Cooking with Jonathan By Jonathan Jolicoeur

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In this weekly culinary column, I will be focusing on one dish – giving the reader a quick history of the dish, the classical preparation of it, and of course, my own spin on the classic

This week I have chosen to cover hush puppies. A hush puppy is a savory food item that is commonly served as a side dish. It consists of a cornmeal batter and is typically deep fried or baked in ball form. The first recorded reference to the word “hush puppy” dates back to 1899. The name is believed to be derived from when cooks, hunters and or fishermen would feed them to the dogs to “hush the puppies.”

Traditional hush puppy recipe

1 cup​Cornmeal
½ cup​All purpose flour
1 whole​Egg, beaten
¾ cup​Buttermilk
1 tsp​Salt
1 tsp​Sugar
1 tsp​Baking powder
1 tsp​Baking soda
to fry in​Cooking oil

In a large metal pot over medium-high heat, pour oil and allow it to come to 375 degrees. Meanwhile, add all your dry ingredients into a bowl and mix thoroughly. Add in your beaten egg and slowly pour in the buttermilk until the batter is combined and is one consistency. Once the oil has come to temp, drop teaspoon-sized balls of batter into the oil and allow to cook until golden brown. Once golden brown, remove and place on a draining rack or onto paper towels to absorb the excess oil. Serve warm.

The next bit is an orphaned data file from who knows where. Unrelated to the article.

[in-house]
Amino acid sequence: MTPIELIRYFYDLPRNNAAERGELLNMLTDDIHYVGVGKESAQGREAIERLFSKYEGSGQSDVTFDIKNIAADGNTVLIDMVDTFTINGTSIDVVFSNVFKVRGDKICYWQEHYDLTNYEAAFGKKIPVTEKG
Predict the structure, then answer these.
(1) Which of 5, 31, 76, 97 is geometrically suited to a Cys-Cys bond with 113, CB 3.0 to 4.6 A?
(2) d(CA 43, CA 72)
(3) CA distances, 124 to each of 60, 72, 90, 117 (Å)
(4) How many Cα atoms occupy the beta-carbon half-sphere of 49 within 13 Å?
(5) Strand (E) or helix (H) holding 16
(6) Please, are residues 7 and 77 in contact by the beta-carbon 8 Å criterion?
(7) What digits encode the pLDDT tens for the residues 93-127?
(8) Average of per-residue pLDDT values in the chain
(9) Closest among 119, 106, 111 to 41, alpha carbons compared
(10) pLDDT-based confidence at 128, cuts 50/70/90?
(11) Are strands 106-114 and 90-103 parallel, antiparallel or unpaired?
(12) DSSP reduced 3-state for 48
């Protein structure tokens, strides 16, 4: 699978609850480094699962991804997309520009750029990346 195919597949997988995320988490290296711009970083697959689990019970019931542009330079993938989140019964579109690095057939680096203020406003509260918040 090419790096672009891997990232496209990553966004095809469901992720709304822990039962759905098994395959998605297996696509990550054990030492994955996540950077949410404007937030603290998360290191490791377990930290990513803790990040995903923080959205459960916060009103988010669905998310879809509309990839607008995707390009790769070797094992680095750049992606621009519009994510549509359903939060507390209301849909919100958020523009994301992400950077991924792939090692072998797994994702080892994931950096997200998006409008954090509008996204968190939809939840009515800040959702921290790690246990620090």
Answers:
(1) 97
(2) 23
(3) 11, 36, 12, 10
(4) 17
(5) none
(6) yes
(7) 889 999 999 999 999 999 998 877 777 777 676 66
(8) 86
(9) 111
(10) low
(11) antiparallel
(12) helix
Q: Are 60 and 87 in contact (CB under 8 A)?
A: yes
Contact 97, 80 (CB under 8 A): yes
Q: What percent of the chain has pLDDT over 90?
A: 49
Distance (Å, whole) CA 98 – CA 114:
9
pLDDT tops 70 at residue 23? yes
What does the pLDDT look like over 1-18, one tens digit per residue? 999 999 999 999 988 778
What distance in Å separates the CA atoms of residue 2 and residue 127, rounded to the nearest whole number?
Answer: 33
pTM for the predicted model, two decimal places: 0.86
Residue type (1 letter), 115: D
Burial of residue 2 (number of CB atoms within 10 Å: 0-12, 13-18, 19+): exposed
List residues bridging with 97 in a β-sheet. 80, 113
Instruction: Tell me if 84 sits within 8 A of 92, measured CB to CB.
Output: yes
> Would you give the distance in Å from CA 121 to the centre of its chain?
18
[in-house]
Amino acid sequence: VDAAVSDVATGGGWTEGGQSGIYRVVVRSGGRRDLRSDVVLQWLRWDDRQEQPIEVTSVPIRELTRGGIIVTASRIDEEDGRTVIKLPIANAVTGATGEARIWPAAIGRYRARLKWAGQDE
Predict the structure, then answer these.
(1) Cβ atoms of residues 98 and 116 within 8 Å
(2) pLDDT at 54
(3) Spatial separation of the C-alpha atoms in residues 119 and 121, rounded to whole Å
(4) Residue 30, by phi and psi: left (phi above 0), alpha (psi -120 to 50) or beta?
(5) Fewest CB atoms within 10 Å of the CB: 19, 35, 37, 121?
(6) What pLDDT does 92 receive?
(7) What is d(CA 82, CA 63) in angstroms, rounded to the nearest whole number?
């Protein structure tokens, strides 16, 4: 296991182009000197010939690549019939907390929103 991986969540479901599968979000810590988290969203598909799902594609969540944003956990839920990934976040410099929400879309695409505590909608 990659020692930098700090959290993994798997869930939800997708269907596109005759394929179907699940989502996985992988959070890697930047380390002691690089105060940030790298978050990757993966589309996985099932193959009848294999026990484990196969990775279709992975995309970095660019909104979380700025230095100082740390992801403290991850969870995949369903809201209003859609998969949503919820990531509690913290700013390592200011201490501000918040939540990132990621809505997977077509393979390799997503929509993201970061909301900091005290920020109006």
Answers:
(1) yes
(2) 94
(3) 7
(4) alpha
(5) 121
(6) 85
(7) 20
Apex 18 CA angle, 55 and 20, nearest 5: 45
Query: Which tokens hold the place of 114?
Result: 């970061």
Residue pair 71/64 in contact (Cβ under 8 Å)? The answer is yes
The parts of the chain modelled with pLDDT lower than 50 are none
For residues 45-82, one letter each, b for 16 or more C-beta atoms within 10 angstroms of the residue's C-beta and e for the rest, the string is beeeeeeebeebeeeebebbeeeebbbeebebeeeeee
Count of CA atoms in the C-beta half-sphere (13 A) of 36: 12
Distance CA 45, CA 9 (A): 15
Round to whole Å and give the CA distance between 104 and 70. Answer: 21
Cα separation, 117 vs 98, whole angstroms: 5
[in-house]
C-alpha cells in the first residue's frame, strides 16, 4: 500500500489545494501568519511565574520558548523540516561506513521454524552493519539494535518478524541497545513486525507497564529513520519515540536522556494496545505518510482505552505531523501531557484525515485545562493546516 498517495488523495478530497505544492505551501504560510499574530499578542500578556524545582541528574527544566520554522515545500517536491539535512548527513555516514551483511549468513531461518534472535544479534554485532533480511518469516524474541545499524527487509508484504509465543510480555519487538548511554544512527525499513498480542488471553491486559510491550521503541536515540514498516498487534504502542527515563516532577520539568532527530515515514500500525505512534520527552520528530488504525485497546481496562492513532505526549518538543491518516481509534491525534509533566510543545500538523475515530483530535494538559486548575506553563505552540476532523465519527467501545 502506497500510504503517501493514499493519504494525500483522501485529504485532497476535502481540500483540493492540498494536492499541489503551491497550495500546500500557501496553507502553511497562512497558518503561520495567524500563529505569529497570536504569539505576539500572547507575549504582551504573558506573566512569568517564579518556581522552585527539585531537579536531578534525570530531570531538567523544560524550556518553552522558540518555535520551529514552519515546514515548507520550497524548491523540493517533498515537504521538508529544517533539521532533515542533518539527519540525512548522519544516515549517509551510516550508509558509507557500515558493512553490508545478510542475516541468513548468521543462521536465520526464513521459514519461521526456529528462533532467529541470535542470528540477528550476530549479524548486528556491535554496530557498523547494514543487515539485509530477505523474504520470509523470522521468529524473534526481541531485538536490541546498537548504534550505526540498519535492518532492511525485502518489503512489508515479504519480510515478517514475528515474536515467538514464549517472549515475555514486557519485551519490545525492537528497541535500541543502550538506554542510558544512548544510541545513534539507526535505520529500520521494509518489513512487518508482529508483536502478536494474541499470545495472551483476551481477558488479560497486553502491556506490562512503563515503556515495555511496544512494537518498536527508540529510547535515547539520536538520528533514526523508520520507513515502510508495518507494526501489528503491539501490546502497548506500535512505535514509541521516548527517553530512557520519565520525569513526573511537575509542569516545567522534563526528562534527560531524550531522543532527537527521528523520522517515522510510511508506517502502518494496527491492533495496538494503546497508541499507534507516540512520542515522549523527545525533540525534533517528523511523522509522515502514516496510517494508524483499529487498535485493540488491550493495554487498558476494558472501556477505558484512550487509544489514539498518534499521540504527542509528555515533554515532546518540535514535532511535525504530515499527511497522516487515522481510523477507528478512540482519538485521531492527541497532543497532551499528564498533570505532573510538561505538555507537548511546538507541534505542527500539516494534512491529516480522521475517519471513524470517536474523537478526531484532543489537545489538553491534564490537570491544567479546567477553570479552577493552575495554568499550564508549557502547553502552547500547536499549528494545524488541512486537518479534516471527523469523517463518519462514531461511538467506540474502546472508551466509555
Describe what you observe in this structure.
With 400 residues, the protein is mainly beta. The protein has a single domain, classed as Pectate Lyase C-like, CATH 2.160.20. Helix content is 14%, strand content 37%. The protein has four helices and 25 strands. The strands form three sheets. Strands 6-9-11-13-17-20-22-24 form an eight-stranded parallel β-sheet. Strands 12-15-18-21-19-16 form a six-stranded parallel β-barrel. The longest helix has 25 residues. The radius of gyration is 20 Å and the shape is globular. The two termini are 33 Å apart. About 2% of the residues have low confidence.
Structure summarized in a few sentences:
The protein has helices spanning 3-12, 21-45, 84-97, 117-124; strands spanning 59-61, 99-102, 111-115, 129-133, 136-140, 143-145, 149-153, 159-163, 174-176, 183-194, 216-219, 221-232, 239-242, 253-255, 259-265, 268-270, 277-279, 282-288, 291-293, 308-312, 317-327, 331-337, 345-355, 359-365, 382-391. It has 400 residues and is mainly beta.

Jonathan’s hush puppy recipe

1 cup​Cornmeal
½ cup​All purpose flour
1 whole​Egg, beaten
¾ cup​Buttermilk
1 cup​Pancetta, diced, fat rendered (reserve the fat)
¼ cup​Onion, chopped
¼ cup​Green bell pepper, chopped
1 tsp​Sea salt
1 tsp​Fresh cracked pepper
1 tsp​Sweet paprika
¼ tsp​Cayenne pepper
1 tsp​Sugar
1 tsp​Baking powder
1 tsp​Baking soda
to fry in​Cooking oil

In a large metal pot over medium-high heat, pour oil and allow it to come to 375 degrees. In a large pan over medium-high heat, add your reserved pancetta fat and allow to warm. Place your onions and peppers into the pan. Cook until onions are translucent. Set aside. Meanwhile, add all your dry ingredients into a bowl and mix thoroughly. Add your vegetables, pancetta and reserved fat. Mix thoroughly. Add in your beaten egg and slowly pour in the buttermilk until the batter is combined and one consistency. Once oil has come to temp, drop teaspoon-sized balls of batter into the oil and allow to cook until golden brown. Once golden brown, remove and place on a draining rack or onto paper towels to absorb the excess oil. Serve warm.

Whether you choose to prepare the classic, my twist or your own interpretation, remember that food is about bringing people together and that the act of cooking is about caring and as long as your heart is in the dish you prepare, the people you are cooking for will appreciate it (and you).

If you have any questions for me or would like to see me cover any particular dish in this column, feel free to write me, care of this publication. From my kitchen to yours, it is my pleasure to give you a peek into the mind of a chef. Thank You

Jonathan Jolicoeur is a chef at A Tavola – an Italian restaurant on Church Street in Winchester – which focuses on “farm to table” style of cooking. Jonathan was born in Somerville, lives in Woburn and has a degree from Le Cordon Bleu College of Culinary Arts.

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